Dr. Marzo's testimony included that plaintiff was unable to walk without risk of falling, not just that she could not walk on stairs or drive.*fn15 However, there is also plaintiff's own testimony. She testified that, as of July or August when her equilibrium had improved some, she was still unable to focus enough to stitch, her speech was slurred, and she was still basically a vegetable. It was part of plaintiff's essential job duties that she answer the telephone and interact with the public. Her slurred speech would not permit her to perform that function. Also, the fact she could not focus enough to cross stitch also indicates that she would be unable to focus on putting together newsletters and press releases or programming the equipment she was responsible for. Additionally, her testimony does not support that she would have been able to handle working a full day. Furthermore, performing her essential duties required that plaintiff at least be able to move around the Village Hall, which, even without stairs, plaintiff's doctor did not recommend because of the risk of falling.

Plaintiff's proposed accommodations do not deal with all these problems. As to switching positions, plaintiff did not request that as an accommodation for her medical condition. But even if it were considered, plaintiff points to no evidence as to what the essential functions of the other Office Technician position were. Therefore, she has not met her burden of showing that such an accommodation would have enabled her to perform the essential duties of the other Office Technician position. Plaintiff also requested to work at home. However, the interaction with the public aspect of her position, the programming of equipment, and projects necessitating quick dissemination of information all required that she be at Village Hall to perform her essential duties. As to being permitted to work part-time, there is no evidence that the duties assigned to her position could have been performed part-time. Also, even if working part-time, plaintiff would still have the slurred speech and focusing problem that would prevent her from performing all the essential functions of her position. Plaintiff's last requested accommodation is to use a wheelchair. There is no medical evidence that that would be sufficient or feasible.*fn16 Plaintiff provides a conclusory statement in her affidavit that she could have performed her essential duties in a wheelchair. But even assuming the wheelchair would solve the risk of falling problem, it would not solve the problem of slurred speech and lack of ability to focus. Plaintiff has not met her burden of showing that she could have performed the essential functions of an Office Technician had she been granted one or more of her accommodations. Therefore, she is not a qualified individual with a disability and cannot succeed on an ADA claim. The ADA claims will be dismissed.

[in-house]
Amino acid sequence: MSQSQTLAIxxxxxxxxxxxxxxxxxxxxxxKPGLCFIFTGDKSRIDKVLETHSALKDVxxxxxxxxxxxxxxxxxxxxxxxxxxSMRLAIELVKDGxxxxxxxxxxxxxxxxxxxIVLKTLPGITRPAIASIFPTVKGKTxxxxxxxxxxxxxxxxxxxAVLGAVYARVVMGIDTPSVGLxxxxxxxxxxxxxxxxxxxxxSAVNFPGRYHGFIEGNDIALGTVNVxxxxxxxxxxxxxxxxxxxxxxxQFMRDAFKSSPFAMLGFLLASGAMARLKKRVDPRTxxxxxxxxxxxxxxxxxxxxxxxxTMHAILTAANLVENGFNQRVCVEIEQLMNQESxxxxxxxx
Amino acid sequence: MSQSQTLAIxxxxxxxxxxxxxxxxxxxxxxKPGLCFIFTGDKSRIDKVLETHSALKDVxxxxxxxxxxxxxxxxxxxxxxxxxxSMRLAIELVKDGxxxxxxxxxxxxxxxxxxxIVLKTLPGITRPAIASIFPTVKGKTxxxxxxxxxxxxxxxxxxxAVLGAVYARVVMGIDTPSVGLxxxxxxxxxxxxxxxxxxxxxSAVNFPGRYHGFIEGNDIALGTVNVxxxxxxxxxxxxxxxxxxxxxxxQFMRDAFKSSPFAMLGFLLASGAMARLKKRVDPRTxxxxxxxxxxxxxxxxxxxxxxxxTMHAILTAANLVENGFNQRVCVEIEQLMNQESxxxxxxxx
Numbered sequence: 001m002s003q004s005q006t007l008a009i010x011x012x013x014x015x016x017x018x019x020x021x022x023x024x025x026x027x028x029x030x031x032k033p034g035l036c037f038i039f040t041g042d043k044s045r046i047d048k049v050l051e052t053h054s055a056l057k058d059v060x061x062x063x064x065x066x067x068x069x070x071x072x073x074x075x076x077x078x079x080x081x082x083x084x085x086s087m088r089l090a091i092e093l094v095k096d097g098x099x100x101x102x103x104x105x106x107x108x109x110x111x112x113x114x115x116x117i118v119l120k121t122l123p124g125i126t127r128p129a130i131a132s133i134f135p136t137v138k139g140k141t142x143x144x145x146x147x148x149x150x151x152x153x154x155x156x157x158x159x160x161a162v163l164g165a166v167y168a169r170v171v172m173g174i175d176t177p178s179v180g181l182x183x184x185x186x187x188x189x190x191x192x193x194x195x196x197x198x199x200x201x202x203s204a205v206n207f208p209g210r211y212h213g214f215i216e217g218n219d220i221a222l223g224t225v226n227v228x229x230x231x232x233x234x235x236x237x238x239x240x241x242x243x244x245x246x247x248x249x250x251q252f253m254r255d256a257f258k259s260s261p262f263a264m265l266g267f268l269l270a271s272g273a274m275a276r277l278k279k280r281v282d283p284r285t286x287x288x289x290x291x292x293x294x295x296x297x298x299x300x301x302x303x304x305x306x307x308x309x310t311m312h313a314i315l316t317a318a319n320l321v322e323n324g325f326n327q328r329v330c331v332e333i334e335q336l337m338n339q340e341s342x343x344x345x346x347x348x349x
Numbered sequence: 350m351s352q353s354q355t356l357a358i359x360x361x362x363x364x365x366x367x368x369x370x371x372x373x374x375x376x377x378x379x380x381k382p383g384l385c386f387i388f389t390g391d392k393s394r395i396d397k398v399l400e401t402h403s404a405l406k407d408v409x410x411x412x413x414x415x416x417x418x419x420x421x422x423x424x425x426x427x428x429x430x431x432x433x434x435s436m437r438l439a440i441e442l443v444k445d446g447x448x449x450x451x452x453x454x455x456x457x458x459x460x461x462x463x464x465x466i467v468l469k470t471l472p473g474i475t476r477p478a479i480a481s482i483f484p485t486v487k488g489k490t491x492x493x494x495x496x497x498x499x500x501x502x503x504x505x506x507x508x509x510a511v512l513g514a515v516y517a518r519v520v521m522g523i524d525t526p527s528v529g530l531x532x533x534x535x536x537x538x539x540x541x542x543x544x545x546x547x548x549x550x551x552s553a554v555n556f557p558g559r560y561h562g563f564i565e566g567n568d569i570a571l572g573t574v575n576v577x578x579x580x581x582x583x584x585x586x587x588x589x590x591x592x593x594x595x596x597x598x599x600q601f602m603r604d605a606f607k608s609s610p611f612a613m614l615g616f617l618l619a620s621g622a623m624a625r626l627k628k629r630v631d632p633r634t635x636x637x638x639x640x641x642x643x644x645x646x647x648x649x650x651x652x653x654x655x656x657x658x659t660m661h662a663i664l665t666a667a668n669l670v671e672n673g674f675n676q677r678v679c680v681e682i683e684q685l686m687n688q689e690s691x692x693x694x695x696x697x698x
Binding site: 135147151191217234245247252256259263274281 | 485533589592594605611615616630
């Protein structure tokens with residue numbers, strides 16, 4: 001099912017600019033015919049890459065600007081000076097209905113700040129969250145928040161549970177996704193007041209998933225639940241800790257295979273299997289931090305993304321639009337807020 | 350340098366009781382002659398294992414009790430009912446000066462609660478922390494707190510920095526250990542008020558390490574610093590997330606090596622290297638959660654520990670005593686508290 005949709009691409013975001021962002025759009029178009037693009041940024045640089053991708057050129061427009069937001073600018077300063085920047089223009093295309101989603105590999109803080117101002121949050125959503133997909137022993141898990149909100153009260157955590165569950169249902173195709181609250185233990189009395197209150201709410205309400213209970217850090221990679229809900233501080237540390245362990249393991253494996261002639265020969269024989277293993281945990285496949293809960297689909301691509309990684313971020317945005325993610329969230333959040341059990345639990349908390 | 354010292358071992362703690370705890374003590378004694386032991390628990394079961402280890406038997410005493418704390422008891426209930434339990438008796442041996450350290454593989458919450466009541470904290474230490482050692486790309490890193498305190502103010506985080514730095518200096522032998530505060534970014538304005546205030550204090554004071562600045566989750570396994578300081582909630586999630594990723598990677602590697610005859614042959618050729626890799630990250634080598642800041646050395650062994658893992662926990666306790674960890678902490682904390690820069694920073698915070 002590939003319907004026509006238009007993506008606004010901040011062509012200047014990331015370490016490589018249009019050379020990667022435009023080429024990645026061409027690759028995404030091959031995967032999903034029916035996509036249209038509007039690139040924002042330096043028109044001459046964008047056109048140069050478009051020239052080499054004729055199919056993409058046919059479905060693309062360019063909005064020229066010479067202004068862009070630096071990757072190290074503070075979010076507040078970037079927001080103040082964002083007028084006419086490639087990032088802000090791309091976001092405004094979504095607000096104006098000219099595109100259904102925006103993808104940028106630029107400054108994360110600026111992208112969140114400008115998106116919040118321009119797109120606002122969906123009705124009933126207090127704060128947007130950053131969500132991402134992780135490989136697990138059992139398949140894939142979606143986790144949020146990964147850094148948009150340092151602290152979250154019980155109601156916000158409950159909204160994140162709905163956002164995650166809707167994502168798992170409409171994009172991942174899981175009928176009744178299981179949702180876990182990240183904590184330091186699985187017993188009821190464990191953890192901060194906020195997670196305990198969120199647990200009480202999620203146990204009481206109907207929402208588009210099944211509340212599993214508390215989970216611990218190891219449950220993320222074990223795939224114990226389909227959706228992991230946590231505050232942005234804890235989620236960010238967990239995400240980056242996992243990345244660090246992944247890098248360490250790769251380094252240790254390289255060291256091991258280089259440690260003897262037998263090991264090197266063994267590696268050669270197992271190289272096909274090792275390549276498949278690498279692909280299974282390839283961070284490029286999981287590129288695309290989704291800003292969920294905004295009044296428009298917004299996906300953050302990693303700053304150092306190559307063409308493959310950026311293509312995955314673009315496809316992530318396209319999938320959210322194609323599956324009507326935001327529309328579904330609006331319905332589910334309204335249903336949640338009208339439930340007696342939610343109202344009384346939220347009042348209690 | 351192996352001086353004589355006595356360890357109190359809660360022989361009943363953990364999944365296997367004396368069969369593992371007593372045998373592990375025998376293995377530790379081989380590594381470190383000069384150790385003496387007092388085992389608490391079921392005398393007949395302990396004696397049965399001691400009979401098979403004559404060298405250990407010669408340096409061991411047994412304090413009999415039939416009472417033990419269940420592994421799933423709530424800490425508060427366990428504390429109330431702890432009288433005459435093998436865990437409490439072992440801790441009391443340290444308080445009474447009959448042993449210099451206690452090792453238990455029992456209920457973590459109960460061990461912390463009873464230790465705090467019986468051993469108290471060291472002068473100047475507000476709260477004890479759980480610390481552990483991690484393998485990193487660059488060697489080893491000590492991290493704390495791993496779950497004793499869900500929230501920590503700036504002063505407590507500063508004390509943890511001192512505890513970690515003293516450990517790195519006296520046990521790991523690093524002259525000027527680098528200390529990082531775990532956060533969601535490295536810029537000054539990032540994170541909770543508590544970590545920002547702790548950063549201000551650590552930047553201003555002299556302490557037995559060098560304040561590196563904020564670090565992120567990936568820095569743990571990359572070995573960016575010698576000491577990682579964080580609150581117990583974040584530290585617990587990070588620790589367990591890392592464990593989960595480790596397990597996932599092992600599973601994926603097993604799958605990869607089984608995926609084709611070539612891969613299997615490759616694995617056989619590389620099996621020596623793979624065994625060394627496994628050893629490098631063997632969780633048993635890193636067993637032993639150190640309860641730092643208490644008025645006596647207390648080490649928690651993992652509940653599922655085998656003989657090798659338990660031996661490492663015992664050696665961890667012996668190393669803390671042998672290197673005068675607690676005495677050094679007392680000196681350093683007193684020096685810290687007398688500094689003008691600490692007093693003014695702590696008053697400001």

IT IS THEREFORE ORDERED that defendant's motion for summary judgment [14-1] is granted in part and denied in part. Counts I and II of the complaint are dismissed. In open court on May 14, 2003 at 11:00 a.m., the parties shall submit an original and one copy of a final pretrial order in full compliance with Local Rule 16.1 and Local Rule Forms 16.1.3.